Isaac DeFrain, Technical Writer
Isaac is a mathematician, educator, technical consultant, and blockchain and decentralization enthusiast. He received his M.A. in mathematics from Kent State University and has studied a broad range of topics from complex analysis to discrete geometry to cryptography. He is also an avid rock climber, ninja, juggler, whole foods plant-based eater, and a compulsive learner.
His favorite part about blockchain technology is that it gives us a more secure and sustainable peer-to-peer network for doing transactions of all kinds and ultimately, empowers the individual. This notion is so compelling and far-reaching that it may take several years for the world to realize the full extent of this technology. Isaac strongly believes that RChain is the secure, scalable, and sustainable blockchain solution the world has been waiting for and he is incredibly excited to work with the co-op and add as much value as possible.
Posts by Isaac
We speak with two of the leading software engineers working on the CBC Casper framework and its implementation in RChain, Michael Birch and Kent Shikama. In this conversation at RCon3, we discuss everything from blockDAGs to the GHOST fork-choice rule. Below, we give an overview of the topics covered.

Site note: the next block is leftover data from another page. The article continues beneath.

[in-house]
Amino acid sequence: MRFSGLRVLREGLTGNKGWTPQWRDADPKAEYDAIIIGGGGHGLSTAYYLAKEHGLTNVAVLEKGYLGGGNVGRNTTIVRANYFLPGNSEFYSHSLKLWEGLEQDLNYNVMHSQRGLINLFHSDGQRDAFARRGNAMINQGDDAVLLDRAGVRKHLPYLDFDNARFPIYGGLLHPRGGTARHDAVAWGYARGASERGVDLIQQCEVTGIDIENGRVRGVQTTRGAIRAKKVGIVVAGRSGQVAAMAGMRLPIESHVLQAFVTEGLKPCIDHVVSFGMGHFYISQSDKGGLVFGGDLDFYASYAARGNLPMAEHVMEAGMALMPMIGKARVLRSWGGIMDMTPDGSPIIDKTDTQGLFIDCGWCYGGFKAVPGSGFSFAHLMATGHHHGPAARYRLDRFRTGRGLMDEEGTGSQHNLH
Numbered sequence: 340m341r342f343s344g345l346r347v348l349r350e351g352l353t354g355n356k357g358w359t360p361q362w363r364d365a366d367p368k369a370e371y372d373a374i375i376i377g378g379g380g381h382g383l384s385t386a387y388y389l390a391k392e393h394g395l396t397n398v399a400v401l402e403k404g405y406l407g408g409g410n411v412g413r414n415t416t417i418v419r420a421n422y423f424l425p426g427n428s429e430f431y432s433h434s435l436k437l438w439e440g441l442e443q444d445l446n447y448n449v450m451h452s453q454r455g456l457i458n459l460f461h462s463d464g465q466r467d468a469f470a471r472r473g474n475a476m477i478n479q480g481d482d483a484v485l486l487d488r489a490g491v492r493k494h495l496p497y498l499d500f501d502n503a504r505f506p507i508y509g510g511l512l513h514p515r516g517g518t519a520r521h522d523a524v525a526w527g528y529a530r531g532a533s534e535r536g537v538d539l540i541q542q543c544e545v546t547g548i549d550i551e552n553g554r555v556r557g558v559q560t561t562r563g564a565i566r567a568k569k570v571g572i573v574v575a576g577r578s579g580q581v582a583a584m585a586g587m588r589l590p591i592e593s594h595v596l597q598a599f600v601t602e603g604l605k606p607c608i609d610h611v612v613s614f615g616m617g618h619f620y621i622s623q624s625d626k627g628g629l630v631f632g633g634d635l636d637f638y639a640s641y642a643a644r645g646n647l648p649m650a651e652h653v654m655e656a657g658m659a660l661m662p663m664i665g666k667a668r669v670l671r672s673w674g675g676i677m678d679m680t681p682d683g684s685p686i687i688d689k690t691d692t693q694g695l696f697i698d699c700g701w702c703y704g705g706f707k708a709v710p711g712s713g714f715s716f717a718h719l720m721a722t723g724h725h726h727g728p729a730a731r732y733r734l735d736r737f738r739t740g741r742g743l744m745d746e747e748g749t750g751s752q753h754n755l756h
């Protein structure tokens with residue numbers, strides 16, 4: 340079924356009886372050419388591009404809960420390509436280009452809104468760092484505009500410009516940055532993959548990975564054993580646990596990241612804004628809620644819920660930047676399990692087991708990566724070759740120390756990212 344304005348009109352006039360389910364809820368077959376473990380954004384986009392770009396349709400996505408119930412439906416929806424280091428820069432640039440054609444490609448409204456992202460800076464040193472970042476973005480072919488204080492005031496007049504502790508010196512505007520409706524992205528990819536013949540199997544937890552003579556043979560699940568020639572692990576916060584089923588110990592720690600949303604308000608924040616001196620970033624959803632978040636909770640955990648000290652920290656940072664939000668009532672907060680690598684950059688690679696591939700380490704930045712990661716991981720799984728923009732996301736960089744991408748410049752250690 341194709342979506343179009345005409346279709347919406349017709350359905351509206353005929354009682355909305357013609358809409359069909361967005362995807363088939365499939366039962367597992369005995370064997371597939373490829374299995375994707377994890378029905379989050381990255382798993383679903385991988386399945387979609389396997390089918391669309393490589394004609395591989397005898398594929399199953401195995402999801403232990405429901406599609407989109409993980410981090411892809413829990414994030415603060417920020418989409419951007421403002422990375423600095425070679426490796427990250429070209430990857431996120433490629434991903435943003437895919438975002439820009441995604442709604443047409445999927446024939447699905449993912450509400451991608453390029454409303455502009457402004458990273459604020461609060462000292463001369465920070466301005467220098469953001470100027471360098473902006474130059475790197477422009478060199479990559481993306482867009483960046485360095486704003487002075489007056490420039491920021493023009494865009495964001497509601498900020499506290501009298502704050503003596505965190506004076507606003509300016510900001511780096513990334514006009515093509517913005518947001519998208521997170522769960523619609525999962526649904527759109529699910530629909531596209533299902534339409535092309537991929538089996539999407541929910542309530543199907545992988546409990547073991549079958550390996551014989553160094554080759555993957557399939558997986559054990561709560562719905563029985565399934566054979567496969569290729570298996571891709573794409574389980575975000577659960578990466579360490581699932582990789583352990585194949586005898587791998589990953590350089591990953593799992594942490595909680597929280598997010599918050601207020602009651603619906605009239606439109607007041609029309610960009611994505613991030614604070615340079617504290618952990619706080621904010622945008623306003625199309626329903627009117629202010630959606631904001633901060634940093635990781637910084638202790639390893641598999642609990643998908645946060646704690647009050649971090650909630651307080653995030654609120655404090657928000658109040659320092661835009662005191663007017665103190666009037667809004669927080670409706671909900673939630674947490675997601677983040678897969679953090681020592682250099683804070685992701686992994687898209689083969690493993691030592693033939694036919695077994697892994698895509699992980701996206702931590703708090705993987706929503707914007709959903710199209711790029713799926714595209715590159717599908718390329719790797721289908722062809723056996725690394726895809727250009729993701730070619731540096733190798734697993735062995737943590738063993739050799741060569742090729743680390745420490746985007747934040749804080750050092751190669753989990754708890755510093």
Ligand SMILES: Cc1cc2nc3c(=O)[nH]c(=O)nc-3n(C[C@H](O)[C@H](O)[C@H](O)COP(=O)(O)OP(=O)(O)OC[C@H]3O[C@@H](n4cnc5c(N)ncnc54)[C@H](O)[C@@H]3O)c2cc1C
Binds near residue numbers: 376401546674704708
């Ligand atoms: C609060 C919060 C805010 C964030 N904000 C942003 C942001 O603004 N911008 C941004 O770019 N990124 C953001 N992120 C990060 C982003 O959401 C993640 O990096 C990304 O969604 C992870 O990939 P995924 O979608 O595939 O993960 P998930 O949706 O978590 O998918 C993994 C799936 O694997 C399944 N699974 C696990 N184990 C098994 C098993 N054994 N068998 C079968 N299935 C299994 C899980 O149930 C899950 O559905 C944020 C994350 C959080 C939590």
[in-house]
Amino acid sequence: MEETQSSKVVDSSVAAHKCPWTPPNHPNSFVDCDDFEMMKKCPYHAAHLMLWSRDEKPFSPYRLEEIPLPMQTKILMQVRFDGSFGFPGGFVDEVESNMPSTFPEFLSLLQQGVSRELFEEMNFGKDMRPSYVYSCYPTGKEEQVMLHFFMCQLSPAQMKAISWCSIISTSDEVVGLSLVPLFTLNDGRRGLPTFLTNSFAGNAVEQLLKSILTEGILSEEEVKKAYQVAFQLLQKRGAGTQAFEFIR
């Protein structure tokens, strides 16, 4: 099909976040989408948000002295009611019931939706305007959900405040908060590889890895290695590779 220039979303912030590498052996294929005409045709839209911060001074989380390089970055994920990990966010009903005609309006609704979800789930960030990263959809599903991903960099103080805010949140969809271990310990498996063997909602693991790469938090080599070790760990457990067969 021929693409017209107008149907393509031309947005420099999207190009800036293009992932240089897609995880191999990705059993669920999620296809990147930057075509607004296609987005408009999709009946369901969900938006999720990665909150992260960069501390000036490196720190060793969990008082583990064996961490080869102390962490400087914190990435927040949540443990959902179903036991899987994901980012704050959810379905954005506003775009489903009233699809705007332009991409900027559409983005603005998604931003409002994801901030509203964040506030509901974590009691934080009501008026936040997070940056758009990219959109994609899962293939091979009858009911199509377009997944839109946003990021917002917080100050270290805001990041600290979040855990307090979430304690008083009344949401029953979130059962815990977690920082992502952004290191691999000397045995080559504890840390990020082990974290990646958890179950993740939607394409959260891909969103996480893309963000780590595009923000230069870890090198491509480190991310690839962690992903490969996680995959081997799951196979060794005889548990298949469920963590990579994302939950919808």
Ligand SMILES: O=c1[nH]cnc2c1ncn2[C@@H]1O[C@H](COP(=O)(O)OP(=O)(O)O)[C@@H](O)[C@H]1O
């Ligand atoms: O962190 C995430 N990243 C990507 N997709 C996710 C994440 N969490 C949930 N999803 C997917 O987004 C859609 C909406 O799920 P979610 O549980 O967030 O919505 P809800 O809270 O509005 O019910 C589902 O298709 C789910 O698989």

Now, we will explain program equivalence and operational semantics. We will also discuss the concepts of monoids and monads and their connection to computational calculi.
Intro to Design of Computational Calculi 2: Names, compilable programs, and equivalence of processes
We discuss the role of names and binding and the different notions of equivalence in our examples of computational calculi. Keeping in mind that the goal of these lectures is to be able to design computational calculi with desired properties, we discuss these ideas generally, yet within the framework of our examples.
To design computational calculi for specific applications, we must first understand what constitutes a computational calculus. The RhoVM is based on the concurrent computational calculus known as reflective, higher-order calculus, or ρ-calculus for short.
The ρ-calculus is an asynchronous message-passing calculus built on a notion of quoting; it is a closed theory, as the theory of names is wholly determined by the theory of processes. The name ρ-calculus or RHO-calculus is an acronym for reflective, higher-order calculus.